All about Water Screens
Deciding whether a water screen is the right solution for your event can be difficult. As such, we have put together the following information.
How does the water screen work?
Developing our water screen technology took several months of work from our most senior staff, as well as the input from consulting engineers. This has resulted in us having some very unique and customised technologies. The basic principle of the screen system is to push water in an upward motion from the ground in a relatively flat spray. This gives a surface that we can project onto using high-power video projectors.
How good is the image?
Very good. As the water droplets that make up the screen surface are smaller than the pixels projected by the projector the resolution is excellent. The downside of the water screens is that, when used at larger sizes, the water droplets tend to "atomise" which creates a cloudy effect at the outside edges of the screen. As a result it would not be recommended to use water screens for applications where pixel-perfect images are required, such as technical presentations.
How does the water screen differ from normal screens?
The main difference is that our water screens give a "holographic" appearance. While true free-space three-dimentional holography is currently a technological impossibility (but watch this space!), our screen gives the closest thing to it. To the naked eye, the water spray is virtually transparent, but when water sprays on it the image becomes bright, rich and lucid. It really is a stunning effect.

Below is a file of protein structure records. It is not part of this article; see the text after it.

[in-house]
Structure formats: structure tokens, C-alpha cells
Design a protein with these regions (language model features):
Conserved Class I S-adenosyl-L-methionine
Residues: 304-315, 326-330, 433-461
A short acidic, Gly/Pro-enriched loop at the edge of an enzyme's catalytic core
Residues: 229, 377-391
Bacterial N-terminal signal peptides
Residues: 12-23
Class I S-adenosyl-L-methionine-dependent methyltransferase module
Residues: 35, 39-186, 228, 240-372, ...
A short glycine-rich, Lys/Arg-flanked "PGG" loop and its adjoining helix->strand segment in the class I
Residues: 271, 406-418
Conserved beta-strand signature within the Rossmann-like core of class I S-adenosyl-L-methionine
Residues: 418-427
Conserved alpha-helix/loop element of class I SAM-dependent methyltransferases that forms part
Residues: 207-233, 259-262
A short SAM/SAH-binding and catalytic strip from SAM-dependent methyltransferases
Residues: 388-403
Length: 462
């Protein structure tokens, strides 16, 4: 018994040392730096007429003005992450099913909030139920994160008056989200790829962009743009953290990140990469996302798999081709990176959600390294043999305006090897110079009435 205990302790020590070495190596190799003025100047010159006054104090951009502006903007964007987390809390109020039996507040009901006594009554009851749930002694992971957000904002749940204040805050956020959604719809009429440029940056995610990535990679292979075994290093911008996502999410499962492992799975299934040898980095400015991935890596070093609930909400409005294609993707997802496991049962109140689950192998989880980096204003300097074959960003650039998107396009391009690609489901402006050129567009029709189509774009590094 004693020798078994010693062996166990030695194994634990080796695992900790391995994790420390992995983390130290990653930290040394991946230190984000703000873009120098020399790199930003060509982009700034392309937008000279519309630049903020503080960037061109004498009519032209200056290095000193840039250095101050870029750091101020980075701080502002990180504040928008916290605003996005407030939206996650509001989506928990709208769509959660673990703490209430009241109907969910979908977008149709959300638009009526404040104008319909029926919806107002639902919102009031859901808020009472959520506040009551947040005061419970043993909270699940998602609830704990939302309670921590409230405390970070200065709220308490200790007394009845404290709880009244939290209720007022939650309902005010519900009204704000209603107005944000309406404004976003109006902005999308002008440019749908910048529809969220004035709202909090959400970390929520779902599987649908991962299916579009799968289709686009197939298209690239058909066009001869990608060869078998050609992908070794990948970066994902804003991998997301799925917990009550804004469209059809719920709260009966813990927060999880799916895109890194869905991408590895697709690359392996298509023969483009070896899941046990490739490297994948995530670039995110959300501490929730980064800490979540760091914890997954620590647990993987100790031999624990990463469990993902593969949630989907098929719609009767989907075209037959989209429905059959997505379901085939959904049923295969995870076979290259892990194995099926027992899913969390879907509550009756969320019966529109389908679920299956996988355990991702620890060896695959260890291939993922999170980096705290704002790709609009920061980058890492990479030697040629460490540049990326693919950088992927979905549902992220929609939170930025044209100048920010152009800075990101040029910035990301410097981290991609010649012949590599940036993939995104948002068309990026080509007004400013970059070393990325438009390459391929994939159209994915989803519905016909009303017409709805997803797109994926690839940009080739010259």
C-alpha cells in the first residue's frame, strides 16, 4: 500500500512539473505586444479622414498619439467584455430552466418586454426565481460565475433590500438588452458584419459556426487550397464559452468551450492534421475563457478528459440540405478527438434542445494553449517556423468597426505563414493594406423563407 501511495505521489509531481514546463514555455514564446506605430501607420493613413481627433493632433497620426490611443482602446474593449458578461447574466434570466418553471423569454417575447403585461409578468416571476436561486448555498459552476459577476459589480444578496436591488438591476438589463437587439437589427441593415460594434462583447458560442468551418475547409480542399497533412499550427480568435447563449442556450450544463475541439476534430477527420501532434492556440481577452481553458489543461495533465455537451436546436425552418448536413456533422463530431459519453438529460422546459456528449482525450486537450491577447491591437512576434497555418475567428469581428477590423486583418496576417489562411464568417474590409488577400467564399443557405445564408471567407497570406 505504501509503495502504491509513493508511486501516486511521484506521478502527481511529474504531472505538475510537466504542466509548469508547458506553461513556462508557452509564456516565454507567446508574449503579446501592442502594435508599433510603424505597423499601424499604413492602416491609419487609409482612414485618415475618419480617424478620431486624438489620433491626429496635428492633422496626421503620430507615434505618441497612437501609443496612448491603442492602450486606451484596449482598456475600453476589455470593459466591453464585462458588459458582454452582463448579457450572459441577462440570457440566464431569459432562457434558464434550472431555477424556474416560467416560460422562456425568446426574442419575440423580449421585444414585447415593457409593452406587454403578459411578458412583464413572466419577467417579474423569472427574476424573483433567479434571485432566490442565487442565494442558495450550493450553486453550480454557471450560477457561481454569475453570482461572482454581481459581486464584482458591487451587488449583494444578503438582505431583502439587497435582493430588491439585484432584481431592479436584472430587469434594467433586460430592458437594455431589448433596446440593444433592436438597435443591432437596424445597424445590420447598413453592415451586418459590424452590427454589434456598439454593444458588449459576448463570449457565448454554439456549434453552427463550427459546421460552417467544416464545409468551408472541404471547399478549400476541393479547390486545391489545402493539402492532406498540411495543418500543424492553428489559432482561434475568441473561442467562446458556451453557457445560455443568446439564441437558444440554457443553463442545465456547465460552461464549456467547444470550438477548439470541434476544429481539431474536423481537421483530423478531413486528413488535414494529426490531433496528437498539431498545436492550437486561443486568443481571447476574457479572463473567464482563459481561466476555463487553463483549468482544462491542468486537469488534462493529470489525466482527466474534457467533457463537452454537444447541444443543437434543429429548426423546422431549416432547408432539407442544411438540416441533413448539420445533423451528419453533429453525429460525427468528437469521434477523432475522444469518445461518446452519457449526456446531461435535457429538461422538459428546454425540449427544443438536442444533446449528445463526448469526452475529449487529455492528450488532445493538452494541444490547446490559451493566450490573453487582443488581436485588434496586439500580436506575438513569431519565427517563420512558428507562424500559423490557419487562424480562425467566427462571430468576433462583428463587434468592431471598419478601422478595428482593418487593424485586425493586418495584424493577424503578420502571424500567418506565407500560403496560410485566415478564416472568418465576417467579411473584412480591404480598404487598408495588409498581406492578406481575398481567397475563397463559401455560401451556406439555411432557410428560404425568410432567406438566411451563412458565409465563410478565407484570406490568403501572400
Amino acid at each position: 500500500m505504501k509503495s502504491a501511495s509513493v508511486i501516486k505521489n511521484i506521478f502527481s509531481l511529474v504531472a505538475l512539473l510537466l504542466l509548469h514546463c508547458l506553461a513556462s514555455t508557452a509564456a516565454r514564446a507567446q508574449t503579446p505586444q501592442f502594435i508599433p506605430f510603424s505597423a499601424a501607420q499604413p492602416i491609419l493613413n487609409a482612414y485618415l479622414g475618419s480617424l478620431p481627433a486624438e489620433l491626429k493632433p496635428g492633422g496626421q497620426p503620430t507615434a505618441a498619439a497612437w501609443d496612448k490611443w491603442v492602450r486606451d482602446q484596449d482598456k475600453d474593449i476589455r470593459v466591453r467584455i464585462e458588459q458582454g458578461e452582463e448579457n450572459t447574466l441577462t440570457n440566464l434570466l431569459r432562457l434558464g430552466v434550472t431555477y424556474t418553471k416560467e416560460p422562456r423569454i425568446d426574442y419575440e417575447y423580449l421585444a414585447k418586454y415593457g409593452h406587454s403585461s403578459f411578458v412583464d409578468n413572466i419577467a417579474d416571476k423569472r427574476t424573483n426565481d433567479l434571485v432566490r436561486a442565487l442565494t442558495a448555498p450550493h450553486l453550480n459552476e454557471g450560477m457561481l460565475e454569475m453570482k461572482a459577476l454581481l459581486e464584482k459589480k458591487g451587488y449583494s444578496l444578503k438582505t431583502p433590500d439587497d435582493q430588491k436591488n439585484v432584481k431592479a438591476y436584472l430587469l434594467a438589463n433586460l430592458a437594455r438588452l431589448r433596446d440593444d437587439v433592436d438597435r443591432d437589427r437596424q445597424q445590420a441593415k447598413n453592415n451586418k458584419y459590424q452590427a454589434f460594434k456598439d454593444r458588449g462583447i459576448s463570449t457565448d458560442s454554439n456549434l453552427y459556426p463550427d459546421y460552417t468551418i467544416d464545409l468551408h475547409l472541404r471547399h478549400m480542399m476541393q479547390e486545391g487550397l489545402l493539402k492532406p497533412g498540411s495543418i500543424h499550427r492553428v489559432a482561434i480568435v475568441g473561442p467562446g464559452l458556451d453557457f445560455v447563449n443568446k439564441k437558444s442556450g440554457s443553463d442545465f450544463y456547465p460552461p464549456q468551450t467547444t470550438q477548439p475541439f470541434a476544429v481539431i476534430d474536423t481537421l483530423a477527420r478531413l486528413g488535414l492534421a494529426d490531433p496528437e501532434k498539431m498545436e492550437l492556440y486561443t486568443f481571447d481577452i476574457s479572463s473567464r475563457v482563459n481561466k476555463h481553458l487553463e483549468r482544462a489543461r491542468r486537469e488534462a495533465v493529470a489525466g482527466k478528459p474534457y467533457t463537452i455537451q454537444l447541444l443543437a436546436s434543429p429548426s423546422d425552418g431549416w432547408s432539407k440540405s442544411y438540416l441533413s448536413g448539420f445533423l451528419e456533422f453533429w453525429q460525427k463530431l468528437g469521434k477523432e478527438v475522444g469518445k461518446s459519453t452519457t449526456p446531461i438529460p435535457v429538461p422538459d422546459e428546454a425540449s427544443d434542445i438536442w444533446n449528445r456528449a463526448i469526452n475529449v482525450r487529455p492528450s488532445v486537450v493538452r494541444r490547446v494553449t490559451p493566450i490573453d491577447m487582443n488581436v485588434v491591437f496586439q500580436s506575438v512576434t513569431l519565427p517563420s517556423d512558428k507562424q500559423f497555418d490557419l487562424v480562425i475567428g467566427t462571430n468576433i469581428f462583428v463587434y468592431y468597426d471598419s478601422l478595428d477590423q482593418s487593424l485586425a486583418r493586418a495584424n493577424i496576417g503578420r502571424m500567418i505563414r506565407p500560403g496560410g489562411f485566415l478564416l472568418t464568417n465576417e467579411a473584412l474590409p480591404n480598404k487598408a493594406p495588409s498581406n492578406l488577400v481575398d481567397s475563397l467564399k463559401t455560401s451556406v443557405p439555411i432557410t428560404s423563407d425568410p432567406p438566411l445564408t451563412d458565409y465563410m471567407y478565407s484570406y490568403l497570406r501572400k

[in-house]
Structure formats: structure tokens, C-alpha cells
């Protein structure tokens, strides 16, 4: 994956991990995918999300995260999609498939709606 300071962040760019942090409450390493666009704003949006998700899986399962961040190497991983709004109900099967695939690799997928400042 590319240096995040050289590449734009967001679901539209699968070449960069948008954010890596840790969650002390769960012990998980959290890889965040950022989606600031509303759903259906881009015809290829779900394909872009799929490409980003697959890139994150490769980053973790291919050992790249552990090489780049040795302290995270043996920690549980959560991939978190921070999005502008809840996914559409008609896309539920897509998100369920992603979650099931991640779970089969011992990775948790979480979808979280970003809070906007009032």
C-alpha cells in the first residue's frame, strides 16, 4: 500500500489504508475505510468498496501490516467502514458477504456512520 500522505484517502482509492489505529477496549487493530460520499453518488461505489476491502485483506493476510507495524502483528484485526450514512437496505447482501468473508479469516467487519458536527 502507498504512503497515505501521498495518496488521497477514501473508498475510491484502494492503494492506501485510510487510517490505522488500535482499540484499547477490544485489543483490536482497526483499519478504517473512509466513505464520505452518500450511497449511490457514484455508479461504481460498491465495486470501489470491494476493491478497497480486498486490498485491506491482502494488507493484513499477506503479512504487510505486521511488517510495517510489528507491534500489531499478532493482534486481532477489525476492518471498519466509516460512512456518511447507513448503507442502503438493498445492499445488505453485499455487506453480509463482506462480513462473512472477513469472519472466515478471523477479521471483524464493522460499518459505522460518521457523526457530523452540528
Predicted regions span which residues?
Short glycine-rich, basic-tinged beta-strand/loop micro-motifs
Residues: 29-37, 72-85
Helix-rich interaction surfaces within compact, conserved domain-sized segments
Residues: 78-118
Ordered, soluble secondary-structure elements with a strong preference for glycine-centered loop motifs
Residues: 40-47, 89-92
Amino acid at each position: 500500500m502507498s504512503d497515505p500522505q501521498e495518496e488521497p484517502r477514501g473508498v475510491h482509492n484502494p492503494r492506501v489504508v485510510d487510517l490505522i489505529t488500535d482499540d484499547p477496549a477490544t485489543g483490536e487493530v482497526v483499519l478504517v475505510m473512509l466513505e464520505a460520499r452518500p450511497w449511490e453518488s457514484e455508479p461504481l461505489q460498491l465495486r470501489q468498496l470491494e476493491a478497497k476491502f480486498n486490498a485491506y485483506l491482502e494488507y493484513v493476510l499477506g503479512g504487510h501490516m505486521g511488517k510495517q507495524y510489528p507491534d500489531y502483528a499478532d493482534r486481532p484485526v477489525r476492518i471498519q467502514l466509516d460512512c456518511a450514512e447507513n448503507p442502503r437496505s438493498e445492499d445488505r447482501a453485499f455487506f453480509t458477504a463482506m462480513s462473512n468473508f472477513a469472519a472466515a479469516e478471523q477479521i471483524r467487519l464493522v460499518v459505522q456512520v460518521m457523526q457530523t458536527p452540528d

Where does the water come from?
We require a large water source to use our water screen. With a water requirement of over 1000 litres per minute of usage, we need access to a nearby lake, fire hydrant, or river. However, we are able to run the system from water ballasts if required.
Where does the water go?
Once the water has been "thrown" up to make the screen, it then falls like a fine rain to the ground. As such, any space we setup such a screen needs to be able to withstand a little rain.
Is it dangerous?
In essence, no. However each site is risk assessed to look for any unique project risks. In particular we consider the water quality and whether there is any health risks associated with it.
Written by Johnny Palmer in 2007 to explain to clients what a gobo is and how it works.
An article relating to three main types of light sources. The pros and cons of each.
Written by Johnny Palmer in 2008 to explain to student ball committees what these are, and how to work with them. A variation of this is published on Wikipedia.
Advice on how to choose the right outdoor stage and structure for your event.
Further reading on the finer details of our water screens.
Written by Johnny Palmer in 2009 as guidance notes to clients in the middle of the recession; a time when events were happening but on challenging budgets.
Advice for clients having weddings with guest number over 500, which are often Asian weddings for Hindu, Muslim and Sikh families. Cathy is one of the UKs leading wedding designers and employed by SXS to deal with high-end and large scale weddings.